- The Washington Times - Tuesday, August 8, 2017

Polls in Kenya closed without major reports of violence Tuesday, easing fears that this year’s presidential election would replicate that of 2007, when a cliffhanger result sparked ethnic clashes that left more than 1,000 people dead.

Results were still coming in from more than 40,000 polling stations, a process that could take days. Five hours after the polls closed, only 23 percent of votes had been reported, with incumbent President Uhuru Kenyatta in the lead by about 12 percent over National Super Alliance candidate Raila Odinga.

The few disruptions of the day included the failure of several voter-identification machines and tear gas reportedly released by security forces at protesters at a Nairobi polling station.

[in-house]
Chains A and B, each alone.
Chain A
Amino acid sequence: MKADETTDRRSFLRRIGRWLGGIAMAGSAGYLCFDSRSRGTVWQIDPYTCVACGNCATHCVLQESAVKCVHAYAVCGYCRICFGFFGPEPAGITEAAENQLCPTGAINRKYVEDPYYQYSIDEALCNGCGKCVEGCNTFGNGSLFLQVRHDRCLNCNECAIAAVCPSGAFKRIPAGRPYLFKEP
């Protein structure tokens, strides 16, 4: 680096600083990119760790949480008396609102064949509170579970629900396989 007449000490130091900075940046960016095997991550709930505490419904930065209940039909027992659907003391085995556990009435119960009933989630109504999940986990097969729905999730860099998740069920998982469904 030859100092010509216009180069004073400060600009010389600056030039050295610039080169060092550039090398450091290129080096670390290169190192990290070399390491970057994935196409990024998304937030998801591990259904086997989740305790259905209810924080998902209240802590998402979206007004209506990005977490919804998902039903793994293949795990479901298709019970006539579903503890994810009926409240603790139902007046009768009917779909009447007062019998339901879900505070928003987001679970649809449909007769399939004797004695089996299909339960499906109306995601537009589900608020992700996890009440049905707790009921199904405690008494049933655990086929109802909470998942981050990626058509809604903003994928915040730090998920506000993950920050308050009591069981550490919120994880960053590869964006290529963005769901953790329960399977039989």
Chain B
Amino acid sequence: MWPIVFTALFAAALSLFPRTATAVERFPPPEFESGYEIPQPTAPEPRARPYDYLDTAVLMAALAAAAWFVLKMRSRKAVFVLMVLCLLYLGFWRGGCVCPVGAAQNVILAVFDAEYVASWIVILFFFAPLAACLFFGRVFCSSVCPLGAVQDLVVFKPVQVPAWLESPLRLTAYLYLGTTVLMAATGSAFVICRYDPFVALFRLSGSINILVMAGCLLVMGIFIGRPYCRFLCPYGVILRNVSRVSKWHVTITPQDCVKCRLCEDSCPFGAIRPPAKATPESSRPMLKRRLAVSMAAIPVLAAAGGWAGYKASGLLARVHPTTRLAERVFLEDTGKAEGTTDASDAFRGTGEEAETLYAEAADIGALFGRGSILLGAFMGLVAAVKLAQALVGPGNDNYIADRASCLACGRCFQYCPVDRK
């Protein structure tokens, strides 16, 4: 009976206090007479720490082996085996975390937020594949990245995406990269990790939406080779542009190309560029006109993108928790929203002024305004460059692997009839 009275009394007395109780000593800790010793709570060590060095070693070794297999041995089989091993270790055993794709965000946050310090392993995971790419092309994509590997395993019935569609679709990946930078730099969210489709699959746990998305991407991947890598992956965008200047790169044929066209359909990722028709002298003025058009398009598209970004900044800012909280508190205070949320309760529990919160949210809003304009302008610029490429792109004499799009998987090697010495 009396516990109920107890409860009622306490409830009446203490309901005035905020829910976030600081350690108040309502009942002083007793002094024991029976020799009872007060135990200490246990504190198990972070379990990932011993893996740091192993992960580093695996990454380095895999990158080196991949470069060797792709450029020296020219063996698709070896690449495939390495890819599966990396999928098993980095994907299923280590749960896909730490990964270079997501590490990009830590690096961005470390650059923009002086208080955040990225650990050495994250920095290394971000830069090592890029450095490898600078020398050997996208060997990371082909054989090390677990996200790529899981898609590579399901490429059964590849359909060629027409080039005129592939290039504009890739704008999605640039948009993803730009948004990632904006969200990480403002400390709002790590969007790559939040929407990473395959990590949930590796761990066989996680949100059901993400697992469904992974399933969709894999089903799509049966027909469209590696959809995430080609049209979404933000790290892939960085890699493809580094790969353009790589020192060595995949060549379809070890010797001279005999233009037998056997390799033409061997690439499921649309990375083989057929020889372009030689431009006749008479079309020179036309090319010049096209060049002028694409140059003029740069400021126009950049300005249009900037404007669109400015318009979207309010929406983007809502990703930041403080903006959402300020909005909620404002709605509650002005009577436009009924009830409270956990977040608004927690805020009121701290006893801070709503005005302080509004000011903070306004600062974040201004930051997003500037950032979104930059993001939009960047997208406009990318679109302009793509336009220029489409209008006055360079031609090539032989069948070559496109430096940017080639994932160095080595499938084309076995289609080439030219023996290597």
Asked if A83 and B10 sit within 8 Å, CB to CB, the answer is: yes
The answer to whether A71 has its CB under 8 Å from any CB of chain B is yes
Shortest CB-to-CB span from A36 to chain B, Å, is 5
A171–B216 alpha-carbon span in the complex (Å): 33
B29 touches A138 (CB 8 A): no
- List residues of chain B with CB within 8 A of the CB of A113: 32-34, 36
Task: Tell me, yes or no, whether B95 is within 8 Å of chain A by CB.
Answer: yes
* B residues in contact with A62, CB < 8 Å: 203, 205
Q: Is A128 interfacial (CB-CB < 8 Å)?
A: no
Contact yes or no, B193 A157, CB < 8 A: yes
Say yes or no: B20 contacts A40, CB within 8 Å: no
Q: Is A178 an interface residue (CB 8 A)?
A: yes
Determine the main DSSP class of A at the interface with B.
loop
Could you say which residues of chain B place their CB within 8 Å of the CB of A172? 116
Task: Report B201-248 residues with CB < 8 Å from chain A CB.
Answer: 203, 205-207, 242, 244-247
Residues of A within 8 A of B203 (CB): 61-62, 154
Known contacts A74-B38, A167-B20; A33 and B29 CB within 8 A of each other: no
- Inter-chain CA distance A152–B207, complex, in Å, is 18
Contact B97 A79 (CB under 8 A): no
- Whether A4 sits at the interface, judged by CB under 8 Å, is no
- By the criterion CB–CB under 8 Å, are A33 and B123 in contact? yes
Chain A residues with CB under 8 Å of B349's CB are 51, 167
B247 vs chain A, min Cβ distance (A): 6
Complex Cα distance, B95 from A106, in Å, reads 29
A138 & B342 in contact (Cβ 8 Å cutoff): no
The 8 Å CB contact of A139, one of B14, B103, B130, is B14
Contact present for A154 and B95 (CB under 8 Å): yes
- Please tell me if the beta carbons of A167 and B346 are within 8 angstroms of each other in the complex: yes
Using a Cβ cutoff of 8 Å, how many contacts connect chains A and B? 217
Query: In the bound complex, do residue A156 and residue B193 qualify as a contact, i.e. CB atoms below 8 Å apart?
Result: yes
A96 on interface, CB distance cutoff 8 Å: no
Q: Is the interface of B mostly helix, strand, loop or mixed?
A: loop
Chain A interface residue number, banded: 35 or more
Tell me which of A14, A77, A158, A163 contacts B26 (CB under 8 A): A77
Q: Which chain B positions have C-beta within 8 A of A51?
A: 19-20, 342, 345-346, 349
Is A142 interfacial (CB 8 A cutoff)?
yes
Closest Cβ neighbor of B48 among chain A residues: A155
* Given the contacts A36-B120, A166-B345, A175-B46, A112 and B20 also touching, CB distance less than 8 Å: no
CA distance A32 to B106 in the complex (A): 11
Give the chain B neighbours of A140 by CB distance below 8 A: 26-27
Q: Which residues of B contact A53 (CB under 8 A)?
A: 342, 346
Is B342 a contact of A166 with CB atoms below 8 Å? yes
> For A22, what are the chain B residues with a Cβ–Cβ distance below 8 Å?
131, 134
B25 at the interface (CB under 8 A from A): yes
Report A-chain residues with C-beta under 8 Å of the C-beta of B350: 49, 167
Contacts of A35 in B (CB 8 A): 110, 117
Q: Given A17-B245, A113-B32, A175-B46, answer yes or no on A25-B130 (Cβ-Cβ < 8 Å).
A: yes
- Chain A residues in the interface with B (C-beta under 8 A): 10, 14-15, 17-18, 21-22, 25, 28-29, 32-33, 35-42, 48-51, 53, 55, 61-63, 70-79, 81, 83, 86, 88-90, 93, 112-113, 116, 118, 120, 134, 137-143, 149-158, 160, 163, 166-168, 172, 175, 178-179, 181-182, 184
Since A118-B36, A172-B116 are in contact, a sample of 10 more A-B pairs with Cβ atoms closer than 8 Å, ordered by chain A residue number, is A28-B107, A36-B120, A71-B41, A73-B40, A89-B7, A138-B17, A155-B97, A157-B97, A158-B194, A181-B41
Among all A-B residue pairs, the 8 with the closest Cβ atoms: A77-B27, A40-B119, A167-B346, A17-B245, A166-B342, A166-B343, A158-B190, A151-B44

Kenyans expected a close election between Mr. Kenyatta and Mr. Odinga, who faced off in 2007 and 2013 as well. The winning candidate needs more than 50 percent of the vote, and at least 25 percent in 24 counties.

Pressure is on Kenya’s electoral commission to deliver accurate results. The brutal, unsolved murder of commission’s information technology manager, Christopher Msando, last week raised suspicions of interference with the electronic voting systems.

As he cast his vote, Mr. Kenyatta vowed to accept the election’s results, the BBC reported.

“To my competitors, as I have always said, in the event that they lose, let us accept the will of the people,” he said. “I am willing, myself, to accept the will of the people.”

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